Although the Internet has lowered the bar for engineers and buyers to find and source components, it has also reduced the time and cost of creating a “storefront.” In less than a day, any company can register a domain, build an e-commerce storefront, and promote itself as a components distributor. Given the growing threat of unauthorized or counterfeit parts, buyers must be extra vigilant in validating the legitimacy of an e-commerce Website. Savvy e-commerce providers recognize this and ensure that their sites are as safe for purchasing authentic parts as are traditional methods. Distributors such as Components Direct have responded to counterfeit concerns by offering 100 percent manufacturer traceability, with stringent requirements for inventory and fulfillment.

Industry certifications are one way e-commerce providers are signaling the quality of their products and operations to purchasing professionals. Legitimate e-commerce providers will ensure that their processes and operations comply with the most stringent industry quality standards such as ISO 9001, ISO 14001, ESD 20:20, and Transported Asset Protection Association (TAPA) certification. Furthermore, leading e-commerce providers must also be able to guarantee same-day shipment of both small lots and high-volume orders, and provide world-class customer service to replace the personal relationships the buyer is accustomed to. Buyers are increasingly becoming convinced that they will not have to sacrifice any of the benefits of their direct relationships when buying from an e-commerce platform that meets their unique needs.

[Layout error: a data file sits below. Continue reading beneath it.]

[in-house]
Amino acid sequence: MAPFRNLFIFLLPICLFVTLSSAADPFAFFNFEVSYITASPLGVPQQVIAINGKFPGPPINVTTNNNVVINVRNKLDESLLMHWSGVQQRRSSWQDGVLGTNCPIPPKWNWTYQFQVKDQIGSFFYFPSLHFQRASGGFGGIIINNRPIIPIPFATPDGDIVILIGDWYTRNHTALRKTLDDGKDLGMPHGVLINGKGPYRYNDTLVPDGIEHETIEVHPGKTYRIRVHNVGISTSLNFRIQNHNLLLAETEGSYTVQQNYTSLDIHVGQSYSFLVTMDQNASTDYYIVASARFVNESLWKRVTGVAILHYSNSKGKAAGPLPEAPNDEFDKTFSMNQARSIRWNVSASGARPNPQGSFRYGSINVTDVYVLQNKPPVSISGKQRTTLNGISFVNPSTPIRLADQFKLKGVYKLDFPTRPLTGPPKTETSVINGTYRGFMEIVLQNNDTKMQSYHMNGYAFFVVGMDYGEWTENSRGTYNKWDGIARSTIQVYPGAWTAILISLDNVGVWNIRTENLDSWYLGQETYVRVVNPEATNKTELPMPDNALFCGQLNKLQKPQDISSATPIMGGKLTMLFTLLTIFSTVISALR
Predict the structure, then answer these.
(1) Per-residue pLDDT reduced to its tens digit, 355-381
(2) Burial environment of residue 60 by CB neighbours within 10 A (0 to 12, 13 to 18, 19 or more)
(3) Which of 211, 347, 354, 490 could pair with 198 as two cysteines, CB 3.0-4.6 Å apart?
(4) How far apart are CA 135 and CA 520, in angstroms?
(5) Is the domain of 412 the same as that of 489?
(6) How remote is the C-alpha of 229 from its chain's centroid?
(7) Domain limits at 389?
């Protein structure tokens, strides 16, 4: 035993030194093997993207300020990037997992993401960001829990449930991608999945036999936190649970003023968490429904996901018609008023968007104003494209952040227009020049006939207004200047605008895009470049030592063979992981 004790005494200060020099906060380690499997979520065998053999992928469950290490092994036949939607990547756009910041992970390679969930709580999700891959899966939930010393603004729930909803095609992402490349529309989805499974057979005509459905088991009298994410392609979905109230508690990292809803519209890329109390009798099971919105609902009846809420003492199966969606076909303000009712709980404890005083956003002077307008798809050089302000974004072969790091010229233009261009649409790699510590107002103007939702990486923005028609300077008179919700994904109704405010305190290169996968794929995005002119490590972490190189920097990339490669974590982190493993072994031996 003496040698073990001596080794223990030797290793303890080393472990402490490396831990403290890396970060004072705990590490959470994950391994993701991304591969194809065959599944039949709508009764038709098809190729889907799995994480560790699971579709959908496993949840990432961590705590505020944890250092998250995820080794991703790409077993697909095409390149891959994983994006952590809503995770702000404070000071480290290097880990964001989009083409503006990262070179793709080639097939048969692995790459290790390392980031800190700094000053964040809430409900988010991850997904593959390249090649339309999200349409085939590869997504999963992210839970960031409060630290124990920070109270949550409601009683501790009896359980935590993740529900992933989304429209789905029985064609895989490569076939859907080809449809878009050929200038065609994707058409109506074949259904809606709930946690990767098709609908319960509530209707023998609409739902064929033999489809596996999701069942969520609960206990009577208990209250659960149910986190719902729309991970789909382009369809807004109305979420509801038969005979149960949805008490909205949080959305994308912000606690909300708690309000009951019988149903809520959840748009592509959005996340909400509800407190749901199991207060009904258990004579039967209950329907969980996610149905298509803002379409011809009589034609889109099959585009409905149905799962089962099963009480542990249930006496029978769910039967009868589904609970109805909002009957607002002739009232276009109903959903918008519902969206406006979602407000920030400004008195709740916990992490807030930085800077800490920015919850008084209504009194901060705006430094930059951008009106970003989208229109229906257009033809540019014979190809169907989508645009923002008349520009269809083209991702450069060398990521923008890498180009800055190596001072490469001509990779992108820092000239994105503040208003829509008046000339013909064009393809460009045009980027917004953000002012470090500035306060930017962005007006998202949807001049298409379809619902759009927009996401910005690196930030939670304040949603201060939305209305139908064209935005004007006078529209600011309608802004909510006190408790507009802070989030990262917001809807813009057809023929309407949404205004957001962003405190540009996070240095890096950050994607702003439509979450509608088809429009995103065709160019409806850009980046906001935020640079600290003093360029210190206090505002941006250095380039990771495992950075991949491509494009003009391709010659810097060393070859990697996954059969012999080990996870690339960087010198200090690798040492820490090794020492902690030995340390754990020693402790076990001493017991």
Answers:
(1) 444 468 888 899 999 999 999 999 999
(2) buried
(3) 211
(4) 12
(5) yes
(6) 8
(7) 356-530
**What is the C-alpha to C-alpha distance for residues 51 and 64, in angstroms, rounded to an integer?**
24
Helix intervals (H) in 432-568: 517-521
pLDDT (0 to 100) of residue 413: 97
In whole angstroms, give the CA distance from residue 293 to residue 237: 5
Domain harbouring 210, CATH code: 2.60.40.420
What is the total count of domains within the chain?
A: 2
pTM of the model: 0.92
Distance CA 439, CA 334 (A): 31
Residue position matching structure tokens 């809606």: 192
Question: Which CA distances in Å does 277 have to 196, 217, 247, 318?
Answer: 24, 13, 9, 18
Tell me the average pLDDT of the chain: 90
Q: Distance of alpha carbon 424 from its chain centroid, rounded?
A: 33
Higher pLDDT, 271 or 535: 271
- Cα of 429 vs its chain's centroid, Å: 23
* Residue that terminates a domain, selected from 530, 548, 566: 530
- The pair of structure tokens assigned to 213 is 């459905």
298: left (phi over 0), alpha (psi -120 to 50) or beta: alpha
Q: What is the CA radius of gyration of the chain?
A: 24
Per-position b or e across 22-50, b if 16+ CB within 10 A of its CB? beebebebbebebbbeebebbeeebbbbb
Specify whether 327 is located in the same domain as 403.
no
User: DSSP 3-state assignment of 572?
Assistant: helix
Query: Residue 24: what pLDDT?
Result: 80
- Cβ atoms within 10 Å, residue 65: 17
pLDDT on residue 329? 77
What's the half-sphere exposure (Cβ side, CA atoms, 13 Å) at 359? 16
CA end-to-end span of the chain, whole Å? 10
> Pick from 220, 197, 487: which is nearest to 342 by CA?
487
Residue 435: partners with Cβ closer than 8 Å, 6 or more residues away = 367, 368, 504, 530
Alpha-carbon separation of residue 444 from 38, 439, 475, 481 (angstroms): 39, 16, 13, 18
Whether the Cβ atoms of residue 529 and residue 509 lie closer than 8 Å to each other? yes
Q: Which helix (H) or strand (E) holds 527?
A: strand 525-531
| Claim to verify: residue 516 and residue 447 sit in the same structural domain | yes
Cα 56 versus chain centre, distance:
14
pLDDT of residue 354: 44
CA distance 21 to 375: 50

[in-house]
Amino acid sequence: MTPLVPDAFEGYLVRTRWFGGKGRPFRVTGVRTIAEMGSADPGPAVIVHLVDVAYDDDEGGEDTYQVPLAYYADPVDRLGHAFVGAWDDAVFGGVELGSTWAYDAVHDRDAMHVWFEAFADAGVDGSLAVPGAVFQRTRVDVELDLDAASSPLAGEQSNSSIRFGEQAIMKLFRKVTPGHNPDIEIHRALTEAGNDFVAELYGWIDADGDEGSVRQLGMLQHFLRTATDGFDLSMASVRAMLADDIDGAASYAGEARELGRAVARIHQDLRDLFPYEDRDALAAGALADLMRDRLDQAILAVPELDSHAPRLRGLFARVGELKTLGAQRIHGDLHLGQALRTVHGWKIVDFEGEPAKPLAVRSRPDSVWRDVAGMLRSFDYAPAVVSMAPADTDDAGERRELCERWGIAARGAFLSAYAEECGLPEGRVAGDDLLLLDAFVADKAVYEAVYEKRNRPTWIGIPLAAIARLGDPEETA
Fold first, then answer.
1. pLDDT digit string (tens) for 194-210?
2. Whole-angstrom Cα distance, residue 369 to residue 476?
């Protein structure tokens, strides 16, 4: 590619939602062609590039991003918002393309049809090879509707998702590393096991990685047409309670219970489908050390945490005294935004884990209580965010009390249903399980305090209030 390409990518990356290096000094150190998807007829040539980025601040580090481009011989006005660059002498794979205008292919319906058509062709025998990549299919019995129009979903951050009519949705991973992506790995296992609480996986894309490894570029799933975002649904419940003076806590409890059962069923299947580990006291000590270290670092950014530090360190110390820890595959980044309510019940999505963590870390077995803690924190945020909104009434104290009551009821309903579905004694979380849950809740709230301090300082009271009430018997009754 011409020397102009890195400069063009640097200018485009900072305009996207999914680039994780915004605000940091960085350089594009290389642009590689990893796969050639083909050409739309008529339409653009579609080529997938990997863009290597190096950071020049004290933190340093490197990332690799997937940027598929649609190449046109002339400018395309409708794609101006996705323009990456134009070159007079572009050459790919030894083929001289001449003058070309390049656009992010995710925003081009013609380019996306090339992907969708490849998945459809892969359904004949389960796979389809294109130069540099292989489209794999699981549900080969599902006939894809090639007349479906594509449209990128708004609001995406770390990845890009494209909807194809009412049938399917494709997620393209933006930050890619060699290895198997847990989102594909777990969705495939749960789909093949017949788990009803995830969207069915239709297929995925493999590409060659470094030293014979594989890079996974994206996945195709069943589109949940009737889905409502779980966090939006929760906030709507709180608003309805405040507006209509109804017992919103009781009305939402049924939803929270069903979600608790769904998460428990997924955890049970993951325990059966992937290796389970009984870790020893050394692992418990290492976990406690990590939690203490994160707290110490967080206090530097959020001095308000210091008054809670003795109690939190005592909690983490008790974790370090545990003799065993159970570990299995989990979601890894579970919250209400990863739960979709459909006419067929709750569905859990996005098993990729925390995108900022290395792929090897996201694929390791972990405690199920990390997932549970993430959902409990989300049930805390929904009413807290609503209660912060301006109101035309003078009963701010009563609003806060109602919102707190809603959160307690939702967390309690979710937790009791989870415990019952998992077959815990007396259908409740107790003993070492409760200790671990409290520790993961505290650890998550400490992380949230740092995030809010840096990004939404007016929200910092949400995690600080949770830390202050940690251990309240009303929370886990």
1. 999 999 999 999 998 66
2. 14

Distributors that offer an enjoyable e-commerce experience — with guaranteed direct manufacturer traceability, industry recognized quality control certifications, and a convenient, easy-to-use ordering interface — are more likely to expand their businesses and earn the loyalty of buyers.

No sector has been able to withstand the compelling efficiency and cost-saving benefits of e-commerce, and there is no reason to believe the market for electronics components will be any different. The evolution is well underway, and distributors can leverage this growth by beefing up their online offerings and partnering with inventory search sites to provide product and pricing information.

4 comments on “E-Commerce Is the Future of Components Procurement

  1. SP
    October 4, 2012

    Agreed. E-commerce is the future of Components procurement. It would be so convenient for the buyers if they can upload the whole BOM and they get the competitive pricing from various distributors or manfufacturers. Also imagine how much easy it is for the design guys if they can compare the technical specification and take a decision if the buys are looking for replacement/alternatives. I agree to the statement in the article that component procurement is undergoing a revolution. And one day will come when in just one click you have all the data related to a component available on your screen.

  2. stochastic excursion
    October 8, 2012

    Social networking has caught on in ways nobody predicted, and sites like LinkedIn point to a path to success for business networking.  Undoubtedly the internet is something of an untapped resource for B2B commerce, in a way that could be a great advance for electronics manufacturing.

  3. Barbara Jorgensen
    October 8, 2012

    Great data and interesting blog. I agree that a lot of new business has to be coming into the industry as a result of e-commerce in terms of search engines and catalog (or small-volume/engineering) purchases. But I still think there is a disconnect between that (new business) data and volume purchases. I wonder if the industry is able to directly link that to e-commerce activity. (It must be). If so, I'm wondering how much? I'd be very interested to know.

  4. EdwardThirlwall
    September 3, 2018

    There is truly so much more that e-commerce can offer to us than we could have imagined. If we know exactly what are requirements are, then we can utilize e-commerce in a more productive manner. Take full advantage of this platform towards our own benefit in order to know what it is really capable of providing.